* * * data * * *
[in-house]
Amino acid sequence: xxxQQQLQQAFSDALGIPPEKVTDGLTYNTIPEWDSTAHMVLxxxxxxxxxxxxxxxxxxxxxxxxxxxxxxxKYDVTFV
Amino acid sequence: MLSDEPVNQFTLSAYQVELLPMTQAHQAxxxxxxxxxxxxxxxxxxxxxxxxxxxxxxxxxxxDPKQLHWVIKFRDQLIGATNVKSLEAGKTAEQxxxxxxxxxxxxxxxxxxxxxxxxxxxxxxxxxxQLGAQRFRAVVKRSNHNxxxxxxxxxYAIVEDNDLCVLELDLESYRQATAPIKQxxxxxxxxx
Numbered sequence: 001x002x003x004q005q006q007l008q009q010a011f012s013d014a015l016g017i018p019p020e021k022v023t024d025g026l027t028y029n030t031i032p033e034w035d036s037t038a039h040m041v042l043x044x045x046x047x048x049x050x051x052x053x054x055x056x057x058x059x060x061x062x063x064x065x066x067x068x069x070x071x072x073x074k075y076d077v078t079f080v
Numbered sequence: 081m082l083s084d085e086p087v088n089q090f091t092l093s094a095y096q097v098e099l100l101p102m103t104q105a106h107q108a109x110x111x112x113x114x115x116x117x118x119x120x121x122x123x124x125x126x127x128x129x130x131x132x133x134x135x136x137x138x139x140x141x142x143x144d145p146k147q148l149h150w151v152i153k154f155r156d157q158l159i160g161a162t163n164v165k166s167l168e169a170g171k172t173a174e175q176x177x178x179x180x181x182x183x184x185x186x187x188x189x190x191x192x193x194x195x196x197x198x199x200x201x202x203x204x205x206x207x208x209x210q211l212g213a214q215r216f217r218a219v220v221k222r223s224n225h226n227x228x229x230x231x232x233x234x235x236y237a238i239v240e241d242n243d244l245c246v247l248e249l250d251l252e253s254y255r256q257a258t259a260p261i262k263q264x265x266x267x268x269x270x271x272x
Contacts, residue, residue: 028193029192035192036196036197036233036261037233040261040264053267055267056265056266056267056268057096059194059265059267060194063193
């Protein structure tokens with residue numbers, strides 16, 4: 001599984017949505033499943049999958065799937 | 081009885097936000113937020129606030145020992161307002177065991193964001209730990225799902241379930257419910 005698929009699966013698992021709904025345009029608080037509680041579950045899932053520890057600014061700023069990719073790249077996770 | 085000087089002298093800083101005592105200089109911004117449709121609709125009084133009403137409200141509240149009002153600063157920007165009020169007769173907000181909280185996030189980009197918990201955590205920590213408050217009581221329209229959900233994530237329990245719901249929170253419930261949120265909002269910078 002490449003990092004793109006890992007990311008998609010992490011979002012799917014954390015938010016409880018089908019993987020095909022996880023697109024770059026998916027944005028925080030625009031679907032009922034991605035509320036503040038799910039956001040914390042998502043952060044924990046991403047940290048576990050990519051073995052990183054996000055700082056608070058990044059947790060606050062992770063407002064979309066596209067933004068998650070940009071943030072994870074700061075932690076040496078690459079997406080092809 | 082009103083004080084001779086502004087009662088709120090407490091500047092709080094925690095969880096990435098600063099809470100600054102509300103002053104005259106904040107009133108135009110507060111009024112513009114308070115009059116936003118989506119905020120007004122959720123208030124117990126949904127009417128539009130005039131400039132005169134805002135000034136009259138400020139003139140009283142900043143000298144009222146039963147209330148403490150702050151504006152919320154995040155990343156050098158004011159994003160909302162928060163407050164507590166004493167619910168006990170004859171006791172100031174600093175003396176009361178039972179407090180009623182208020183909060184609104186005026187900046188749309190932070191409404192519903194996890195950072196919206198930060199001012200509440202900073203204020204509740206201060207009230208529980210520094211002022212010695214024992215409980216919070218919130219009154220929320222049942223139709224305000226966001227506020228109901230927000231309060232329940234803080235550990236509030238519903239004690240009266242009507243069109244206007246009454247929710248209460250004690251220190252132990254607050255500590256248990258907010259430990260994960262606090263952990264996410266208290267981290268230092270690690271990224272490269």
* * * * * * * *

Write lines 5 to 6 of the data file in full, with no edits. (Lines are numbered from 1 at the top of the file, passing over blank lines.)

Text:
Numbered sequence: 081m082l083s084d085e086p087v088n089q090f091t092l093s094a095y096q097v098e099l100l101p102m103t104q105a106h107q108a109x110x111x112x113x114x115x116x117x118x119x120x121x122x123x124x125x126x127x128x129x130x131x132x133x134x135x136x137x138x139x140x141x142x143x144d145p146k147q148l149h150w151v152i153k154f155r156d157q158l159i160g161a162t163n164v165k166s167l168e169a170g171k172t173a174e175q176x177x178x179x180x181x182x183x184x185x186x187x188x189x190x191x192x193x194x195x196x197x198x199x200x201x202x203x204x205x206x207x208x209x210q211l212g213a214q215r216f217r218a219v220v221k222r223s224n225h226n227x228x229x230x231x232x233x234x235x236y237a238i239v240e241d242n243d244l245c246v247l248e249l250d251l252e253s254y255r256q257a258t259a260p261i262k263q264x265x266x267x268x269x270x271x272x
Contacts, residue, residue: 028193029192035192036196036197036233036261037233040261040264053267055267056265056266056267056268057096059194059265059267060194063193